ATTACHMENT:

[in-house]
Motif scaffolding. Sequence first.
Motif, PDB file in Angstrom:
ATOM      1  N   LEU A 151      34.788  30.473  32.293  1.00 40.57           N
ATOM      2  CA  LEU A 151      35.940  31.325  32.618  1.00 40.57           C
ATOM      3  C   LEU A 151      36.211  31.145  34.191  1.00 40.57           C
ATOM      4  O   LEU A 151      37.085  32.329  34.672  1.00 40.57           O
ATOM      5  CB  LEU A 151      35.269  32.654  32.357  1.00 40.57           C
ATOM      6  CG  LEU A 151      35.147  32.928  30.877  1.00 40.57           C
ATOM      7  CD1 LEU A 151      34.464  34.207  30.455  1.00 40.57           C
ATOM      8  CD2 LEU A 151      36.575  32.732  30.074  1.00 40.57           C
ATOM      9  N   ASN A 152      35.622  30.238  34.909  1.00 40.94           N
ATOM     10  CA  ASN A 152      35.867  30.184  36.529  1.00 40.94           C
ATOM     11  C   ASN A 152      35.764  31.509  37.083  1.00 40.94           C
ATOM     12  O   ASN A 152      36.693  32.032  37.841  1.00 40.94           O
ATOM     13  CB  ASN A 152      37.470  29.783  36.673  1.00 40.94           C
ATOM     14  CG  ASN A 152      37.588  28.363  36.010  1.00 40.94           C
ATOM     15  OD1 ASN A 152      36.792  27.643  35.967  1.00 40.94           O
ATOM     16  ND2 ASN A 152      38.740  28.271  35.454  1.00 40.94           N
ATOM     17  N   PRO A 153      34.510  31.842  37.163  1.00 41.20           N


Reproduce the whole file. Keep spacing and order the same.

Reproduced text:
[in-house]
Motif scaffolding. Sequence first.
Motif, PDB file in Angstrom:
ATOM      1  N   LEU A 151      34.788  30.473  32.293  1.00 40.57           N
ATOM      2  CA  LEU A 151      35.940  31.325  32.618  1.00 40.57           C
ATOM      3  C   LEU A 151      36.211  31.145  34.191  1.00 40.57           C
ATOM      4  O   LEU A 151      37.085  32.329  34.672  1.00 40.57           O
ATOM      5  CB  LEU A 151      35.269  32.654  32.357  1.00 40.57           C
ATOM      6  CG  LEU A 151      35.147  32.928  30.877  1.00 40.57           C
ATOM      7  CD1 LEU A 151      34.464  34.207  30.455  1.00 40.57           C
ATOM      8  CD2 LEU A 151      36.575  32.732  30.074  1.00 40.57           C
ATOM      9  N   ASN A 152      35.622  30.238  34.909  1.00 40.94           N
ATOM     10  CA  ASN A 152      35.867  30.184  36.529  1.00 40.94           C
ATOM     11  C   ASN A 152      35.764  31.509  37.083  1.00 40.94           C
ATOM     12  O   ASN A 152      36.693  32.032  37.841  1.00 40.94           O
ATOM     13  CB  ASN A 152      37.470  29.783  36.673  1.00 40.94           C
ATOM     14  CG  ASN A 152      37.588  28.363  36.010  1.00 40.94           C
ATOM     15  OD1 ASN A 152      36.792  27.643  35.967  1.00 40.94           O
ATOM     16  ND2 ASN A 152      38.740  28.271  35.454  1.00 40.94           N
ATOM     17  N   PRO A 153      34.510  31.842  37.163  1.00 41.20           N